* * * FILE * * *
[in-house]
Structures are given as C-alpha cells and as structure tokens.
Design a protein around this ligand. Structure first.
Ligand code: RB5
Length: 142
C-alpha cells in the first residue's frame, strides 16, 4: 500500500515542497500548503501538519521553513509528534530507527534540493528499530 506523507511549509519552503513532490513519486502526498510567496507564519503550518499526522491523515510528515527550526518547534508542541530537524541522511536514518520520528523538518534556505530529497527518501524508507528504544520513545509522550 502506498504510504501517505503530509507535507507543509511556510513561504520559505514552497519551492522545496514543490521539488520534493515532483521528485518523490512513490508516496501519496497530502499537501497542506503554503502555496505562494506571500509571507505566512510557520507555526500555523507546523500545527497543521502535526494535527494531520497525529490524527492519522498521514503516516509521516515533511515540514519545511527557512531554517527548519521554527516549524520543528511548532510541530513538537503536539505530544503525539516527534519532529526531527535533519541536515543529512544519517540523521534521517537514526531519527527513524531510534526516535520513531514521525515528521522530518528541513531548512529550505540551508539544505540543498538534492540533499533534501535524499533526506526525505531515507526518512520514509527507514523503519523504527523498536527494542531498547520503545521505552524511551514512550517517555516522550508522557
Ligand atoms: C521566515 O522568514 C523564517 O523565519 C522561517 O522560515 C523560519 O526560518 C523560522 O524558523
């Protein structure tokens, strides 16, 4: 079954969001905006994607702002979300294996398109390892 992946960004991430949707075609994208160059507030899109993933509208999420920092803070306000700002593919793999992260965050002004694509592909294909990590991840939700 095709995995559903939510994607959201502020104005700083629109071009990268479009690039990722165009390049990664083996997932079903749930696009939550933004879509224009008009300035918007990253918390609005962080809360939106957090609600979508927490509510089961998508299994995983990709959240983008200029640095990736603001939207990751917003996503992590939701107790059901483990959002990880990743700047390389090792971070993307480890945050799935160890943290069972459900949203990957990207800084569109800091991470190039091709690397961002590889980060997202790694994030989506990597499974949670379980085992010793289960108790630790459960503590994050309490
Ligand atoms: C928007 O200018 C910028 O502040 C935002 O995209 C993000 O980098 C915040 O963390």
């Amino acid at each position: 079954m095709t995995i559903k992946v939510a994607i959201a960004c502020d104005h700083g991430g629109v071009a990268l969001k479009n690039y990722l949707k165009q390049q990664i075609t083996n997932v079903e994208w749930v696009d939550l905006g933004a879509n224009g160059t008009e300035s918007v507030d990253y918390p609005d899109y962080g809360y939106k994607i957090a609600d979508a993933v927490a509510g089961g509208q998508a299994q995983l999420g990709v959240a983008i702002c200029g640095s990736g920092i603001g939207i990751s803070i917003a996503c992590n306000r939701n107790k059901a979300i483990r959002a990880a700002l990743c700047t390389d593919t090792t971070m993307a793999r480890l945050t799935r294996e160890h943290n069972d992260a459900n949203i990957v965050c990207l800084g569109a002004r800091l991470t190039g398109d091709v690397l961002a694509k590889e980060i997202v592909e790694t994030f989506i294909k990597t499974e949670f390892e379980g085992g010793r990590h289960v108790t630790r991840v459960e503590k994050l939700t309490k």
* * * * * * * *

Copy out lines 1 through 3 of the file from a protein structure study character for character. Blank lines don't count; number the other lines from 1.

[in-house]
Structures are given as C-alpha cells and as structure tokens.
Design a protein around this ligand. Structure first.